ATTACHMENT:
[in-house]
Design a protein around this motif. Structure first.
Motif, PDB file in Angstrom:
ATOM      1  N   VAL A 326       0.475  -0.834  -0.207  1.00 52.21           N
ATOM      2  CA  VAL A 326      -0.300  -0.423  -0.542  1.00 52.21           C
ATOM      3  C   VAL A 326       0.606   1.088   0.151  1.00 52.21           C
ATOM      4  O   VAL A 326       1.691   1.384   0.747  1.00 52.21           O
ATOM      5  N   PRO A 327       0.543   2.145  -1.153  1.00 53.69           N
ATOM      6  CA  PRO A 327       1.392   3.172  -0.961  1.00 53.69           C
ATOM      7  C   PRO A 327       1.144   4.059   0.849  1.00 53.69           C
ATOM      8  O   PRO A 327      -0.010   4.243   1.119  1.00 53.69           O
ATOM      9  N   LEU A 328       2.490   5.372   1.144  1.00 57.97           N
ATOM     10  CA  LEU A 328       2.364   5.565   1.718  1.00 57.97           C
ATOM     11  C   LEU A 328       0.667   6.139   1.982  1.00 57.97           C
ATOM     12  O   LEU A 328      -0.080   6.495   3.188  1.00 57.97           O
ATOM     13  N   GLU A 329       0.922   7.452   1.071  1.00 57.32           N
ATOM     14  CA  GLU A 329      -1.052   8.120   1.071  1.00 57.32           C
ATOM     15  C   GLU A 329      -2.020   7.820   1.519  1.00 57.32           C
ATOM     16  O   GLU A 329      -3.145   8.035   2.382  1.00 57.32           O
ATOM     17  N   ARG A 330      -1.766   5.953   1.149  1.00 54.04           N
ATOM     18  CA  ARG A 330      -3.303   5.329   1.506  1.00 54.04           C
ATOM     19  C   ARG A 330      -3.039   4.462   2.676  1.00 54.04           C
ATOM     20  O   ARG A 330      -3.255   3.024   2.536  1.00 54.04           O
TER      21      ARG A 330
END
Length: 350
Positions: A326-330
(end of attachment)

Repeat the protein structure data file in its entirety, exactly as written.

[in-house]
Design a protein around this motif. Structure first.
Motif, PDB file in Angstrom:
ATOM      1  N   VAL A 326       0.475  -0.834  -0.207  1.00 52.21           N
ATOM      2  CA  VAL A 326      -0.300  -0.423  -0.542  1.00 52.21           C
ATOM      3  C   VAL A 326       0.606   1.088   0.151  1.00 52.21           C
ATOM      4  O   VAL A 326       1.691   1.384   0.747  1.00 52.21           O
ATOM      5  N   PRO A 327       0.543   2.145  -1.153  1.00 53.69           N
ATOM      6  CA  PRO A 327       1.392   3.172  -0.961  1.00 53.69           C
ATOM      7  C   PRO A 327       1.144   4.059   0.849  1.00 53.69           C
ATOM      8  O   PRO A 327      -0.010   4.243   1.119  1.00 53.69           O
ATOM      9  N   LEU A 328       2.490   5.372   1.144  1.00 57.97           N
ATOM     10  CA  LEU A 328       2.364   5.565   1.718  1.00 57.97           C
ATOM     11  C   LEU A 328       0.667   6.139   1.982  1.00 57.97           C
ATOM     12  O   LEU A 328      -0.080   6.495   3.188  1.00 57.97           O
ATOM     13  N   GLU A 329       0.922   7.452   1.071  1.00 57.32           N
ATOM     14  CA  GLU A 329      -1.052   8.120   1.071  1.00 57.32           C
ATOM     15  C   GLU A 329      -2.020   7.820   1.519  1.00 57.32           C
ATOM     16  O   GLU A 329      -3.145   8.035   2.382  1.00 57.32           O
ATOM     17  N   ARG A 330      -1.766   5.953   1.149  1.00 54.04           N
ATOM     18  CA  ARG A 330      -3.303   5.329   1.506  1.00 54.04           C
ATOM     19  C   ARG A 330      -3.039   4.462   2.676  1.00 54.04           C
ATOM     20  O   ARG A 330      -3.255   3.024   2.536  1.00 54.04           O
TER      21      ARG A 330
END
Length: 350
Positions: A326-330